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Guy Ritchie’s The Covenant (R) ★★★★

By May 7, 2023May 13th, 2023Backstage Pass

“Guy Ritchie’s The Covenant” is based on the true story of US Army Sergeant John Kinley (Jake Gyllenhaal) and Afghan interpreter Ahmed (Dar Salim) in 2018 during the Afghanistan War. After being ambushed, Ahmed risks his life to save Kinley, who is wounded and unable to walk, by transporting him by a makeshift cot through rugged mountains. While viewing the film, Ritchie captures not only a heroic portrait of devotion, we see up close and personal the frustrations of fighting a war in those forbidding mountains. Historically Guy Ritchie films going back 25 years, have their own genre; they contain stylized and flamboyant silly action and violence. “The Covenant” is his first war film; it’s a very series film with realistic motion. As a Guy Ritchie fan, I’ve seen all his films—I believe this is his best yet.

As Kinley, now back in the US, recovers from his injuries, flashbacks haunt him. He begins to realize that Ahmed risked his life to save him. When he learns that he and his family were not given safe passage to America as promised. He decides to repay his debt by returning to the war zone to save them before the Taliban capture them.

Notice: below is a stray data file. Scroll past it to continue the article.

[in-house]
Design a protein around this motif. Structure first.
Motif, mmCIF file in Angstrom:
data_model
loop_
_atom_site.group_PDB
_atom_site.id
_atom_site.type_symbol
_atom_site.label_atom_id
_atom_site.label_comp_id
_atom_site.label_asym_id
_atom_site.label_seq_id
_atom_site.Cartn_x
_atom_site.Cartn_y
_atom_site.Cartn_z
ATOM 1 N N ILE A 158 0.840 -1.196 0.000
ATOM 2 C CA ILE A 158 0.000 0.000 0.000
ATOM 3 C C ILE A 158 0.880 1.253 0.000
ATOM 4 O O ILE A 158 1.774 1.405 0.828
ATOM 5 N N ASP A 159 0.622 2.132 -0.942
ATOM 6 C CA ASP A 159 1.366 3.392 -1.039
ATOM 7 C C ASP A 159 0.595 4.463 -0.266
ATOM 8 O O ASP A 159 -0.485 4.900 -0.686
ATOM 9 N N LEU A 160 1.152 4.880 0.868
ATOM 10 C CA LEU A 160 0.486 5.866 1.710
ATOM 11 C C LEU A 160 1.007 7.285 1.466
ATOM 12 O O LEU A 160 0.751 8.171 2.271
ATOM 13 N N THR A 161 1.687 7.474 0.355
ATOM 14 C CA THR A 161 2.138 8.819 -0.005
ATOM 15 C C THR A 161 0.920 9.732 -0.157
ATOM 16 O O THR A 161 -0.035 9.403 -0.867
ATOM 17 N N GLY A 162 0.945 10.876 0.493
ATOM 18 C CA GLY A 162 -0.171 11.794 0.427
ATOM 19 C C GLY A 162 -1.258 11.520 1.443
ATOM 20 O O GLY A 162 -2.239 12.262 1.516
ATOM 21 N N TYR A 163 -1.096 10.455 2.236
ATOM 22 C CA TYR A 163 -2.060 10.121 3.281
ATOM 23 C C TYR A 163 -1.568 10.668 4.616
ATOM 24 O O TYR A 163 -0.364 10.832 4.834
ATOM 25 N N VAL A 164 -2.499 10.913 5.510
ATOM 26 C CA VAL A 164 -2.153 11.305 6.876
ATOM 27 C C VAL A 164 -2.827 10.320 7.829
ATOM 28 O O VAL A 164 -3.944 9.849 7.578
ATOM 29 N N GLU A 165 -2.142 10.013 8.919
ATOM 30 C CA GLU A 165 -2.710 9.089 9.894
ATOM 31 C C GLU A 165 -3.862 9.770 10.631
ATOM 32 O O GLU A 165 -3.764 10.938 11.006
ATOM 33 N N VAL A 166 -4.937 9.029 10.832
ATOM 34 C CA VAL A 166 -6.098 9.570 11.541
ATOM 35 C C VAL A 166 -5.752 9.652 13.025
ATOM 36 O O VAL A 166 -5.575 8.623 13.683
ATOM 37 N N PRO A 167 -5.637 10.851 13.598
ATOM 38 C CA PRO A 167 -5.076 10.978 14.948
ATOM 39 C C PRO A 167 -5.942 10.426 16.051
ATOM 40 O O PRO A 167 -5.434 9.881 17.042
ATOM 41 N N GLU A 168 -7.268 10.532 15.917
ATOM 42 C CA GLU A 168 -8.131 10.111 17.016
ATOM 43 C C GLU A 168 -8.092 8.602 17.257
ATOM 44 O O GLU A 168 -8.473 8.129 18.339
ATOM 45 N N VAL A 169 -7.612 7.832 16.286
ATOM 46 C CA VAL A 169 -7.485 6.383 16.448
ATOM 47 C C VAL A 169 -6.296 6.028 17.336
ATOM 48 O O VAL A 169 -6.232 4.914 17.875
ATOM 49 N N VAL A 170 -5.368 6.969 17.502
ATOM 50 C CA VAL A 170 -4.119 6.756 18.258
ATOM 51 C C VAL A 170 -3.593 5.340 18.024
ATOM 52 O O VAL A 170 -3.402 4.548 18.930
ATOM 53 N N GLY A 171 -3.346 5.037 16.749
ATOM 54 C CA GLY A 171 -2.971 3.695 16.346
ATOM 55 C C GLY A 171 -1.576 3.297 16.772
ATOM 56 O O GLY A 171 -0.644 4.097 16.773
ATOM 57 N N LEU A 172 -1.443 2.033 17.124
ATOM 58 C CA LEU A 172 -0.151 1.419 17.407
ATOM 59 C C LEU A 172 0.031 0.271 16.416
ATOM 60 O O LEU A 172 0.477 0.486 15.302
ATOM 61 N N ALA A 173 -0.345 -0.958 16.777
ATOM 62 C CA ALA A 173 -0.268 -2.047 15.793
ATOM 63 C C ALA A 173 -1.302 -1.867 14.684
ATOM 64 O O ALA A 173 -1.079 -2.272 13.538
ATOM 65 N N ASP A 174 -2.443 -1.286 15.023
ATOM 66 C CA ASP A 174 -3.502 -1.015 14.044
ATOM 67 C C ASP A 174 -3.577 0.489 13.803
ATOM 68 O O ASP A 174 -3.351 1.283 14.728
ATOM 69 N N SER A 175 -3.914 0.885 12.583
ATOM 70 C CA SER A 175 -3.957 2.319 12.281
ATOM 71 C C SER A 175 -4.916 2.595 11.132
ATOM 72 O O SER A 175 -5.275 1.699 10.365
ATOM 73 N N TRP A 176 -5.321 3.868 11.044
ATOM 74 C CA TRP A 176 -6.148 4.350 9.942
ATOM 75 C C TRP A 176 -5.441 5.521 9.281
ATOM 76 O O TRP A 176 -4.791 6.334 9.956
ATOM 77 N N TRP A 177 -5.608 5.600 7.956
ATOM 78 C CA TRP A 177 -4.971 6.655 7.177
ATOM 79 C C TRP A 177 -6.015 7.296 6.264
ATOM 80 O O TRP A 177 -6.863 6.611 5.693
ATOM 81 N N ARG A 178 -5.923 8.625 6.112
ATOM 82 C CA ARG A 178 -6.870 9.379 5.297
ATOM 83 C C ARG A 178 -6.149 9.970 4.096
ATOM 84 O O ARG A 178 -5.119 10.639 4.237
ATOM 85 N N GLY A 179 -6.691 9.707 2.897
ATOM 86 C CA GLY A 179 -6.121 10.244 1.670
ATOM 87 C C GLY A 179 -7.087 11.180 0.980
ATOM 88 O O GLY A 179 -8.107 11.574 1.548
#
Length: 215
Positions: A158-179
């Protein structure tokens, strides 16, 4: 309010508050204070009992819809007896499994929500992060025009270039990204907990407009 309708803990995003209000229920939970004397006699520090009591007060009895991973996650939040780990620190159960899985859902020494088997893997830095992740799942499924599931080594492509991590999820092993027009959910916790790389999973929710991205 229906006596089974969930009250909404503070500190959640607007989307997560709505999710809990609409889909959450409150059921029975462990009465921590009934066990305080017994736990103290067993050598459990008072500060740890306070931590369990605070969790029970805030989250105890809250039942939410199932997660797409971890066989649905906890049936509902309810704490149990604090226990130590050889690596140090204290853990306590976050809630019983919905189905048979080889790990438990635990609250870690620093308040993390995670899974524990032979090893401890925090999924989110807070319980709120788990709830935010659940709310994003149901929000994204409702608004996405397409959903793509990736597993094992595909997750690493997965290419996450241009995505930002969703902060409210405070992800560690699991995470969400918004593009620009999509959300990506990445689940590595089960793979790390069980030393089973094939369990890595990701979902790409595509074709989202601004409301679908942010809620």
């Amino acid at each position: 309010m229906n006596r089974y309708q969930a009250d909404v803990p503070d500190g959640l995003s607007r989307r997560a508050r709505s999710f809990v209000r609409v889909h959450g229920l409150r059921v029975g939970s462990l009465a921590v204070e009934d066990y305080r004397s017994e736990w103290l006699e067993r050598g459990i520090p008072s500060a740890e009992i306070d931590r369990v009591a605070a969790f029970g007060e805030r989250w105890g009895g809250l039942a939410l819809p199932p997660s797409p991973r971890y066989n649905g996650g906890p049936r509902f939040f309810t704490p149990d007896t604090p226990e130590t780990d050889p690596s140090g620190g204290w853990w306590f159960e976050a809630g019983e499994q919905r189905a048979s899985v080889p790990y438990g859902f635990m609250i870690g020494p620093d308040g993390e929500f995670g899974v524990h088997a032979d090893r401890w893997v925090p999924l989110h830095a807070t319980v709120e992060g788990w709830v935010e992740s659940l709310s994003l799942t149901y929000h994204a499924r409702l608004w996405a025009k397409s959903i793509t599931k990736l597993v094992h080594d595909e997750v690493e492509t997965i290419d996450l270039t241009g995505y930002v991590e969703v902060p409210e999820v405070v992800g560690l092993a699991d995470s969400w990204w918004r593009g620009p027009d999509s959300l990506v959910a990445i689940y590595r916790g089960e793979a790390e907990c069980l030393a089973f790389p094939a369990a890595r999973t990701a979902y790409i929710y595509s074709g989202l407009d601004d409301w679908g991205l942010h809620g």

The chemistry between the two characters and the realistic war scenes makes the film so great. After a horrific ambush in which Kinley and his men are overwhelmed by hordes of seriously armed Taliban gunmen who just keep on coming, only Ahmed and a badly wounded Kinley survive. This is when “The Covenant” becomes a harrowing, nerve-wracking survival adventure, with Ahmed utilizing a variety of strategies and testing the extreme limits of his endurance as he crisscrosses the challenging terrain and back roads in a superhuman effort to return to the Bagram Air Base, all while the Taliban is hunting them down. Ahmed makes one narrow escape after another, sometimes with the help of locals who loathe the Taliban.

We see the stacked odds of survival and are shocked when Kinley decides to leave his California home and family to return to the dreadful situation. And return, he does. The reunion brought tears to my eyes; again, Ritchie’s seasoned filmmaking career has created an excellent film of friendship, devotion, and the realistic horrors of war.

Sarah Knight Adamson© May 7, 2023